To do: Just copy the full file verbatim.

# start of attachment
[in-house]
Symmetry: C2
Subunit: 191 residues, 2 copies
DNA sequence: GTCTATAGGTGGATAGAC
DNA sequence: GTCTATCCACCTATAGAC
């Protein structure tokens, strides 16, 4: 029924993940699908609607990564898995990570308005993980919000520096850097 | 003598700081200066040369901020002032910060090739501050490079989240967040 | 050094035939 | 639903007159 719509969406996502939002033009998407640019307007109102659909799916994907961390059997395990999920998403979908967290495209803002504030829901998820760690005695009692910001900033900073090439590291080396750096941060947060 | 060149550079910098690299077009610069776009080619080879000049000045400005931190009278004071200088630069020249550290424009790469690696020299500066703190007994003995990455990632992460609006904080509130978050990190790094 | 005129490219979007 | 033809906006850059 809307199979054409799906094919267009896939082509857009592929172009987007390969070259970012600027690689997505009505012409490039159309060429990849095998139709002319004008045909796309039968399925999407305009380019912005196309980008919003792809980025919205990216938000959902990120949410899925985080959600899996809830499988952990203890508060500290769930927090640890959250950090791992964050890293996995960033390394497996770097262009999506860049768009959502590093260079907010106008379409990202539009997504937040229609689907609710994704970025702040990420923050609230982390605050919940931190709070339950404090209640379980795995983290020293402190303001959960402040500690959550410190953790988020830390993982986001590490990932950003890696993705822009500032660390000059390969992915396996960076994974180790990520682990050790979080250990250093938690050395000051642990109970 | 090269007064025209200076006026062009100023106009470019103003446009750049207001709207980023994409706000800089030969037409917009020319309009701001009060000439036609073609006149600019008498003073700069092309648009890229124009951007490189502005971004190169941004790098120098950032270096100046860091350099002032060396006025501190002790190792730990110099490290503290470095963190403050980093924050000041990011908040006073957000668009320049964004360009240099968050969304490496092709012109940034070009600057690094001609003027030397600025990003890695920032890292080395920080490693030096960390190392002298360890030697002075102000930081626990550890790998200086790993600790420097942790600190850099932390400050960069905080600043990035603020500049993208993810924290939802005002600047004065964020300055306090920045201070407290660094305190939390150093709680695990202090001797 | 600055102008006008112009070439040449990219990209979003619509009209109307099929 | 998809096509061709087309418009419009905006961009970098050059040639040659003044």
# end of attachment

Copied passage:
[in-house]
Symmetry: C2
Subunit: 191 residues, 2 copies
DNA sequence: GTCTATAGGTGGATAGAC
DNA sequence: GTCTATCCACCTATAGAC
């Protein structure tokens, strides 16, 4: 029924993940699908609607990564898995990570308005993980919000520096850097 | 003598700081200066040369901020002032910060090739501050490079989240967040 | 050094035939 | 639903007159 719509969406996502939002033009998407640019307007109102659909799916994907961390059997395990999920998403979908967290495209803002504030829901998820760690005695009692910001900033900073090439590291080396750096941060947060 | 060149550079910098690299077009610069776009080619080879000049000045400005931190009278004071200088630069020249550290424009790469690696020299500066703190007994003995990455990632992460609006904080509130978050990190790094 | 005129490219979007 | 033809906006850059 809307199979054409799906094919267009896939082509857009592929172009987007390969070259970012600027690689997505009505012409490039159309060429990849095998139709002319004008045909796309039968399925999407305009380019912005196309980008919003792809980025919205990216938000959902990120949410899925985080959600899996809830499988952990203890508060500290769930927090640890959250950090791992964050890293996995960033390394497996770097262009999506860049768009959502590093260079907010106008379409990202539009997504937040229609689907609710994704970025702040990420923050609230982390605050919940931190709070339950404090209640379980795995983290020293402190303001959960402040500690959550410190953790988020830390993982986001590490990932950003890696993705822009500032660390000059390969992915396996960076994974180790990520682990050790979080250990250093938690050395000051642990109970 | 090269007064025209200076006026062009100023106009470019103003446009750049207001709207980023994409706000800089030969037409917009020319309009701001009060000439036609073609006149600019008498003073700069092309648009890229124009951007490189502005971004190169941004790098120098950032270096100046860091350099002032060396006025501190002790190792730990110099490290503290470095963190403050980093924050000041990011908040006073957000668009320049964004360009240099968050969304490496092709012109940034070009600057690094001609003027030397600025990003890695920032890292080395920080490693030096960390190392002298360890030697002075102000930081626990550890790998200086790993600790420097942790600190850099932390400050960069905080600043990035603020500049993208993810924290939802005002600047004065964020300055306090920045201070407290660094305190939390150093709680695990202090001797 | 600055102008006008112009070439040449990219990209979003619509009209109307099929 | 998809096509061709087309418009419009905006961009970098050059040639040659003044």